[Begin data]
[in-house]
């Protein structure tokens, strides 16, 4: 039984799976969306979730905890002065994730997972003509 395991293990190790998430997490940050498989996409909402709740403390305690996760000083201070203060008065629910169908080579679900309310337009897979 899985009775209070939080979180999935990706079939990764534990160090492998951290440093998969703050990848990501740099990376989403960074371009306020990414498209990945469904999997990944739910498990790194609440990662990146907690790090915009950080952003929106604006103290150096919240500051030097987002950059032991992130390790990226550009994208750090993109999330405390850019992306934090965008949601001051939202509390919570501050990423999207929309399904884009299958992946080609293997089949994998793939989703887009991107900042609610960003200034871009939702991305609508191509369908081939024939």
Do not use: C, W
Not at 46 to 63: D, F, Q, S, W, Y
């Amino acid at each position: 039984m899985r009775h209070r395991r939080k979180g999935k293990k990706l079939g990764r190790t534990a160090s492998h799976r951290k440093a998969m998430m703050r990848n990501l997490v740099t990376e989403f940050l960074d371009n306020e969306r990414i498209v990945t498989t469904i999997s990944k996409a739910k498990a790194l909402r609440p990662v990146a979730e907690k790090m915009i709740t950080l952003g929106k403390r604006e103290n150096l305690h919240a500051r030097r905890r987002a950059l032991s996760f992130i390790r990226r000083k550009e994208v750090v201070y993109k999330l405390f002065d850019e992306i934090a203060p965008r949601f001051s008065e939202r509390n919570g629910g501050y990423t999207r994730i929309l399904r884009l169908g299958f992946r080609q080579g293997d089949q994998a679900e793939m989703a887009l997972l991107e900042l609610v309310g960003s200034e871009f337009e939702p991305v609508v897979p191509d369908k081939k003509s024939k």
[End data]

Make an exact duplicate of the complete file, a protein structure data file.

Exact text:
[in-house]
């Protein structure tokens, strides 16, 4: 039984799976969306979730905890002065994730997972003509 395991293990190790998430997490940050498989996409909402709740403390305690996760000083201070203060008065629910169908080579679900309310337009897979 899985009775209070939080979180999935990706079939990764534990160090492998951290440093998969703050990848990501740099990376989403960074371009306020990414498209990945469904999997990944739910498990790194609440990662990146907690790090915009950080952003929106604006103290150096919240500051030097987002950059032991992130390790990226550009994208750090993109999330405390850019992306934090965008949601001051939202509390919570501050990423999207929309399904884009299958992946080609293997089949994998793939989703887009991107900042609610960003200034871009939702991305609508191509369908081939024939």
Do not use: C, W
Not at 46 to 63: D, F, Q, S, W, Y
């Amino acid at each position: 039984m899985r009775h209070r395991r939080k979180g999935k293990k990706l079939g990764r190790t534990a160090s492998h799976r951290k440093a998969m998430m703050r990848n990501l997490v740099t990376e989403f940050l960074d371009n306020e969306r990414i498209v990945t498989t469904i999997s990944k996409a739910k498990a790194l909402r609440p990662v990146a979730e907690k790090m915009i709740t950080l952003g929106k403390r604006e103290n150096l305690h919240a500051r030097r905890r987002a950059l032991s996760f992130i390790r990226r000083k550009e994208v750090v201070y993109k999330l405390f002065d850019e992306i934090a203060p965008r949601f001051s008065e939202r509390n919570g629910g501050y990423t999207r994730i929309l399904r884009l169908g299958f992946r080609q080579g293997d089949q994998a679900e793939m989703a887009l997972l991107e900042l609610v309310g960003s200034e871009f337009e939702p991305v609508v897979p191509d369908k081939k003509s024939k």